As I wrote in the Performance 360 review, even though kits make it easier to get all the necessary pieces together, it's still far more time consuming to install a custom loop than an AIO. As always, fully rinse out the cooling components with distilled water to remove all traces of the manufacturing process, such as acrylic shavings or loose solder blobs. These can and will get caught in the water block microfins and the radiator tubes, decreasing cooling capacity.

Once everything is clean and reassembled, use the included wrench to firmly affix the fittings to the water block, pump, and radiator, and decide where you want the radiator and pump to be situated in your case. Because the tubing in the kit is a single length, you can cut it to whatever length suits your case the best, allowing you to position the radiator anywhere you want in your case, using the fans as either push, pull, intake, or exhaust. This isn't always an option with AIO coolers.

After you've got the parts arranged, measure and cut the tubing to fit. It's always best to cut the tube a little long and trim again if necessary. Also, don't try to bend the tube too tightly or it will collapse and restrict coolant flow. When ready, slip the fittings' compression rings onto the tube (threads facing the ends) and gently but firmly push the tube lengths onto the fitting barbs on each component. Tighten the compression rings to secure the tube to the components.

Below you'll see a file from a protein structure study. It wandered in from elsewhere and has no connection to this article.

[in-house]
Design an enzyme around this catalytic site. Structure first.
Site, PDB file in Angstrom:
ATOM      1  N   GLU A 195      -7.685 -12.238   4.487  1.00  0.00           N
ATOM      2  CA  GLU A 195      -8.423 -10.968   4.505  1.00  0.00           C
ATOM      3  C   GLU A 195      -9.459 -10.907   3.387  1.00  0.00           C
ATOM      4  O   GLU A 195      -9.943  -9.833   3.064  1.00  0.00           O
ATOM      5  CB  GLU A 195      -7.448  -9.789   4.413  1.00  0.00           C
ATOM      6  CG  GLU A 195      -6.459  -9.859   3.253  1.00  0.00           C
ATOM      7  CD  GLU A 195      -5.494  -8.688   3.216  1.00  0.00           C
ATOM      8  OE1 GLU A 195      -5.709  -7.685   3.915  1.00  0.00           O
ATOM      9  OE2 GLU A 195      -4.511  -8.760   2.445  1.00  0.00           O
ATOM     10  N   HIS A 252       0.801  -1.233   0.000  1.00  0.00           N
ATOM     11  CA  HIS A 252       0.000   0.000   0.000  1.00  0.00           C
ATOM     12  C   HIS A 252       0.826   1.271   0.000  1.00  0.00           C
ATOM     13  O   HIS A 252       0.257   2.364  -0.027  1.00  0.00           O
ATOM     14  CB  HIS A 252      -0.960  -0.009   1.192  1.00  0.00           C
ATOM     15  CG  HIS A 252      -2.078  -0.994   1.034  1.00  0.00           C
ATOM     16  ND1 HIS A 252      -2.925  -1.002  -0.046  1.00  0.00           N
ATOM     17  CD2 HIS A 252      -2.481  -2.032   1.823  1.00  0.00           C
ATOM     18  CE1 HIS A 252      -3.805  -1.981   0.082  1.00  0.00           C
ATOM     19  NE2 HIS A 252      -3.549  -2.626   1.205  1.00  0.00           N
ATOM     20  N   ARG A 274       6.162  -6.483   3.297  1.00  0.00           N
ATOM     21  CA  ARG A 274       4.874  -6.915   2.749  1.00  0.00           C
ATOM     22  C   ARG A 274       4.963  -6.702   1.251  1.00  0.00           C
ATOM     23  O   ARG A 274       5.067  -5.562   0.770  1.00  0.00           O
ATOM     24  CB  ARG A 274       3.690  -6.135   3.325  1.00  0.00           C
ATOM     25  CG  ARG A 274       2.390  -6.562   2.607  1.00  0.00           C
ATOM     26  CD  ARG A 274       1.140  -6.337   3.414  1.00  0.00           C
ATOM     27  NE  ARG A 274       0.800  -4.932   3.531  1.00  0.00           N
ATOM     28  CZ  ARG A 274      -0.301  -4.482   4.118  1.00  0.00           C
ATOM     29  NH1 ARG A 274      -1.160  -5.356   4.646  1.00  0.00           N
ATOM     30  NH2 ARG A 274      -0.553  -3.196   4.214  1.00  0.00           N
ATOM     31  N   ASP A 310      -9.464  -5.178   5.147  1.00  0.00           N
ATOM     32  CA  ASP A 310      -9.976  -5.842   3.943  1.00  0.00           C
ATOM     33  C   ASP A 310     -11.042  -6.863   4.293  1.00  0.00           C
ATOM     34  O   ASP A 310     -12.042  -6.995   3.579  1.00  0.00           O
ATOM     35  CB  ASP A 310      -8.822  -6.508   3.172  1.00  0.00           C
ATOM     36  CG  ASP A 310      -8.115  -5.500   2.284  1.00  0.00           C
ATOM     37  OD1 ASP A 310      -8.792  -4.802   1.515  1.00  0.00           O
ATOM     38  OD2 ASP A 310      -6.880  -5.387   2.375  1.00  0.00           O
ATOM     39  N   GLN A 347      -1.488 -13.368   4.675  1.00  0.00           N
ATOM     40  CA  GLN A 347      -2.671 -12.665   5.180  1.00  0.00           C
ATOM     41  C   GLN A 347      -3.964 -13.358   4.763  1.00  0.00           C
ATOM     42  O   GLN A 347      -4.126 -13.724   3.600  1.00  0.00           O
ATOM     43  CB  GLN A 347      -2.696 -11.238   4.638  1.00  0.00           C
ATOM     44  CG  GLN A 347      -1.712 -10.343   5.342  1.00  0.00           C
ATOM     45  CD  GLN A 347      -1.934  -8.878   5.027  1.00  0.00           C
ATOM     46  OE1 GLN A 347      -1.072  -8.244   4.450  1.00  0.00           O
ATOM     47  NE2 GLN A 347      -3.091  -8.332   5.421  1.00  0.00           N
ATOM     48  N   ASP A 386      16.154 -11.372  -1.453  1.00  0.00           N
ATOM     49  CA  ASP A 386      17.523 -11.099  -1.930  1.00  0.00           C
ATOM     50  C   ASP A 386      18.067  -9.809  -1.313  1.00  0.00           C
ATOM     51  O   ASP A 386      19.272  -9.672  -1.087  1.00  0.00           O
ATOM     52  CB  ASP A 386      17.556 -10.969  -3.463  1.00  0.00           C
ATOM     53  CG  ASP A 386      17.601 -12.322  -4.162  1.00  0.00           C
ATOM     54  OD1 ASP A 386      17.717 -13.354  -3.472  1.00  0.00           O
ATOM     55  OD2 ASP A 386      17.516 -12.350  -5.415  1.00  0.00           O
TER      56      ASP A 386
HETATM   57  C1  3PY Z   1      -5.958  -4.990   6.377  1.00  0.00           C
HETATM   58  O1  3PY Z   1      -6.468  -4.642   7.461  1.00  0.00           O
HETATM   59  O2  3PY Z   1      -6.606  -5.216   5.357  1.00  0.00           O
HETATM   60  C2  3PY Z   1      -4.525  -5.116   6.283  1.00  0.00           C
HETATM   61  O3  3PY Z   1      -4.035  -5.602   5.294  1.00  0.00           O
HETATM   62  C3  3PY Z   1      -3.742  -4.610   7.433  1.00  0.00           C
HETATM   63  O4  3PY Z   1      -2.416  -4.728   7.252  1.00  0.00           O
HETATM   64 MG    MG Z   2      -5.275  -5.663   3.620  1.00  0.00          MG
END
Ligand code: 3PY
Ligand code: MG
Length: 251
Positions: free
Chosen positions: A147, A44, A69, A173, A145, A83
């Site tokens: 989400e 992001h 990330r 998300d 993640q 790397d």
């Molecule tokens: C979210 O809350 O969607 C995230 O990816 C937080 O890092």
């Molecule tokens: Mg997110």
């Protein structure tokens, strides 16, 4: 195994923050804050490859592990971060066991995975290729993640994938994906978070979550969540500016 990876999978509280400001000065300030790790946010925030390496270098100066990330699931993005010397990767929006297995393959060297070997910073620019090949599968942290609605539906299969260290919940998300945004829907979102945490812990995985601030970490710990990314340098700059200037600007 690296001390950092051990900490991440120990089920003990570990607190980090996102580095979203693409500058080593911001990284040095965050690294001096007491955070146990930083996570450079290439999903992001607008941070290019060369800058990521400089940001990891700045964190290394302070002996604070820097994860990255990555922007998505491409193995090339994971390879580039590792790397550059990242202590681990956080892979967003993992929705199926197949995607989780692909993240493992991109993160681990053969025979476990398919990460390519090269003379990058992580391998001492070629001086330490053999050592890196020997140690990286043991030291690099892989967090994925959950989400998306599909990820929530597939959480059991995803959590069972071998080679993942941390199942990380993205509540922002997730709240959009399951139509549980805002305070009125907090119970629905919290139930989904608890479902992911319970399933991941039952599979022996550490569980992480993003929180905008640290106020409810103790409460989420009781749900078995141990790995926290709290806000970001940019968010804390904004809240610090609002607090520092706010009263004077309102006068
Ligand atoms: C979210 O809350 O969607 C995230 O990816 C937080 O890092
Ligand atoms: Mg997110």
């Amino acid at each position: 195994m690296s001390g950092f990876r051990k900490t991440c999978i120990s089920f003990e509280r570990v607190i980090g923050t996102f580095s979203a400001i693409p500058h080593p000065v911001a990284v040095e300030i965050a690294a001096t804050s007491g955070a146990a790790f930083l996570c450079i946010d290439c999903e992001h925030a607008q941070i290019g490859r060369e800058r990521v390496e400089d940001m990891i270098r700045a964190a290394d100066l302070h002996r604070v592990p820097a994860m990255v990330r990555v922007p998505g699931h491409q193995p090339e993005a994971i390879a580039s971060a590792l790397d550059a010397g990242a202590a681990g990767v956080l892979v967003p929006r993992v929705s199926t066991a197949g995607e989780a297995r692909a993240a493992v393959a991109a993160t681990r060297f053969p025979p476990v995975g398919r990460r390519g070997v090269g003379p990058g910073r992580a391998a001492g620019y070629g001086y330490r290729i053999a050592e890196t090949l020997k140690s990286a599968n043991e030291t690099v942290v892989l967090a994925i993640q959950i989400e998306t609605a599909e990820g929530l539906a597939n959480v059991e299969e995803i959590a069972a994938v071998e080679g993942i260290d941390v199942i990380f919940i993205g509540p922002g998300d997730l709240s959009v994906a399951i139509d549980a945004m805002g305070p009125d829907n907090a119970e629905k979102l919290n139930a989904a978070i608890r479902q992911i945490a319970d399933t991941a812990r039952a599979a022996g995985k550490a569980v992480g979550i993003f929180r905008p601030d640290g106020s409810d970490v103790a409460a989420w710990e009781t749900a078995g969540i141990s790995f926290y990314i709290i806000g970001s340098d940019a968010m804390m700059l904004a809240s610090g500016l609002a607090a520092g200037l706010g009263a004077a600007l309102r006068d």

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Eric Vander Linden is a Contributing Writer for Tom's Hardware US. He tests and reviews motherboards, specializing in high-end Intel chipsets.
  • Krazie_Ivan
    i'm a bit surprised *future maintenance* isn't really noted/considered as a big selling point for these "Kits" or the "Expandable" AIO's.

    if a pump goes out on one of the popular closed-loop Asetek units, or you just happen to own it long enough (migrating over to a new platform upgrade) that it needs topped-off... you've got to recycle the whole thing & purchase another $90-$120 unit. whereas the Eisbaer pump is $24 on Amazon, allowing you to keep the majority of your $140-$160 cooling investment.

    cars, bikes, homes, PCs... i don't mind working on & fixing stuff, so maybe it's just me?
  • 10tacle